Plant Growth News

  • EPA Publishes Proposed Renewables Enhancement And Growth Support Rule

    As previously reported in the Biobased and Renewable Products Advocacy Group’s (BRAG®) Biobased and Renewable Products Update of November 11, 2016, the U.S. Environmental Protection Agency (EPA) has issued a notice in the Federal Register ...


    By Bergeson & Campbell, P.C.

  • Revenue Growth – Currie’s Strategic Plan and Growth Theme for 2017

    2017 is all about Revenue Growth. As we are finishing up 2016, let’s think about how we are going to manage our growth this coming year, and how we are going to continue to pursue not just excellence, but a new level of distinction for our companies. How do we figure out a growth and revenue enhancement strategy as we look at the economy right now? How do we meet the challenge of staying ...

  • Added bonus for grass weed control

    Certis' straight flufenacet herbicides, Sunfire and System 50 have been granted an Extension Authorisation for Minor Use (EAMU) on Rye and Triticale, for the control of black-grass and annual meadow grass. Already widely used in barley and wheat crops, and showing good control of black-grass and other significant grass weeds, this comes as a welcome addition for growers of Rye and Triticale as ...


    By Certis UK

  • UF/IFAS researchers scramble to find cure for tenacious, costly sugarcane virus

    Researchers with the University of Florida Institute of Food and Agricultural Sciences are working to find a cure or develop resistant varieties for a virus that is attacking sugarcane and sorghum throughout the Everglades agricultural region. Florida produces more than 50 percent of all sugarcane in the United States, making it the largest producer in the nation. The sugarcane yellow leaf virus ...

  • Sayonara, kudzu bug?

    Adam Bray has spent a lot of time with kudzu bugs. “At night I would see them crawling when I closed my eyes,” he jokes. The kudzu bug originated in east Asia and India and showed up in Georgia, Bray’s home state, in 2009. And like its viney plant namesake, the kudzu bug has earned a negative reputation. “Everybody in Georgia knows about the kudzu bug,” Bray says. ...


    By American Society of Agronomy

  • Syngenta launches new biological seed treatment

    Syngenta today announced the launch of the EPIVIO brand family, a range of new biostimulants which address abiotic stresses through seed treatment. Over the last five years Syngenta has developed abiotic stress management testing capabilities to simulate drought, heat, cold and nutrient stresses. Seed treatment products resulting from this R&D platform are now commercialized under the ...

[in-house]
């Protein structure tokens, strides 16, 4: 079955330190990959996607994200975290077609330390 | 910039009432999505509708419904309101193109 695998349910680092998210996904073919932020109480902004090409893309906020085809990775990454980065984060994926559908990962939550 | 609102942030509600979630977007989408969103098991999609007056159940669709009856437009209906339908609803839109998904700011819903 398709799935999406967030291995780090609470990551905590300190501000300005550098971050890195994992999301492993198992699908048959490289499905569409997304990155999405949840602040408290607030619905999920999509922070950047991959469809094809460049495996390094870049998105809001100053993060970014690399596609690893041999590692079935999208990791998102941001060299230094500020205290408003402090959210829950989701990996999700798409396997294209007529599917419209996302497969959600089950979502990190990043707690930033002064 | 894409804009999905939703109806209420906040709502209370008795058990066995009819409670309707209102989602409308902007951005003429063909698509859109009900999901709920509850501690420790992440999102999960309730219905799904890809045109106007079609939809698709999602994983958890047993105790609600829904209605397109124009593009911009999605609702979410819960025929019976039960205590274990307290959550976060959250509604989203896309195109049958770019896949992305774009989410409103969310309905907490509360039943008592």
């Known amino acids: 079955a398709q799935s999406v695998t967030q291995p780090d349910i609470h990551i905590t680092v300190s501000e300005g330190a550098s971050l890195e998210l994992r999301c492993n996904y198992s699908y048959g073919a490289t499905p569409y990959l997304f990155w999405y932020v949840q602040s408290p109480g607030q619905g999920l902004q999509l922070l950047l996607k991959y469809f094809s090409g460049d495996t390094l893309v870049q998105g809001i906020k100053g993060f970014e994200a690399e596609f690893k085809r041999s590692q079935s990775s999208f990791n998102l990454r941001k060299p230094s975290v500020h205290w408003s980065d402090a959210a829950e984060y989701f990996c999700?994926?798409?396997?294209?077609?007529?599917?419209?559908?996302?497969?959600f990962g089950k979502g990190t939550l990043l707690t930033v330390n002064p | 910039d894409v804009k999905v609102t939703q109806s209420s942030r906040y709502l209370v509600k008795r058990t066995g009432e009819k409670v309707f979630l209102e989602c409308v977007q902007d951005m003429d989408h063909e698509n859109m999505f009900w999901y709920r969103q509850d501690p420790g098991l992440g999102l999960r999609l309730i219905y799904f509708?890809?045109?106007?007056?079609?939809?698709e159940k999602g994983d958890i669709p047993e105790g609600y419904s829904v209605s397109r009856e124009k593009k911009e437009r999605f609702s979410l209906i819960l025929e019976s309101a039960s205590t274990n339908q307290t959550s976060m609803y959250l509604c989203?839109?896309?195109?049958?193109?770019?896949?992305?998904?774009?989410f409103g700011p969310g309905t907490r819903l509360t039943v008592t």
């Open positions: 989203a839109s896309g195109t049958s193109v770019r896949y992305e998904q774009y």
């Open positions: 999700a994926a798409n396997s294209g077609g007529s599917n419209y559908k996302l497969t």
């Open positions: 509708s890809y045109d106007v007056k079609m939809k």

By Syngenta

  • Bringing nitrogen out to pasture

    Cows in Brazil might start bellowing "leguuume" rather than "moo." That's because Jose Dubeux Jr. wants to plant more legume trees in cow pastures. Dubeux is an assistant professor of Agronomy at North Florida Research & Education Center. Growing up, Dubeux spent a lot of time on his grandparents' farm in Brazil. There he developed a passion for livestock operations and the grasslands on ...


    By American Society of Agronomy

  • Ohio State Expert: Cold Snap Could Injure Wheat Depending on Its Growth Stage

    Thanks to last month’s warmer-than-normal temperatures that sped up the growth of wheat crops across Ohio, this week’s cold snap could result in injury for some of those plants. Just how damaging the colder weather will be depends on how advanced the wheat is in its growth stage, said Laura Lindsey, a soybean and small grains specialist with Ohio State University Extension. ...


    By Ohio State University

  • Some but not all plants can defend themselves against disease on saline soil

    Some plants with resistance against a specific disease are also able to defend themselves effectively when they are stressed due to, for example, drought or saline soil. At the same time, the resistance of other plants no longer functions in these very same conditions. Although this had been assumed for some time, Wageningen scientist Christos Kissoudis is the first person to show why. As a ...

  • Seeds of doubt over iron boost for algae

    One keenly-argued possible way of moderating the build-up of carbon dioxide in the atmosphere may not work, scientists have concluded. They say there is evidence that seeding the oceans with iron so that the algae that live there will multiply and devour more CO2 − thus ...


    By Climate News Network

  • USD 10-million facility for studying climate change effects on plant growth opens at IRRI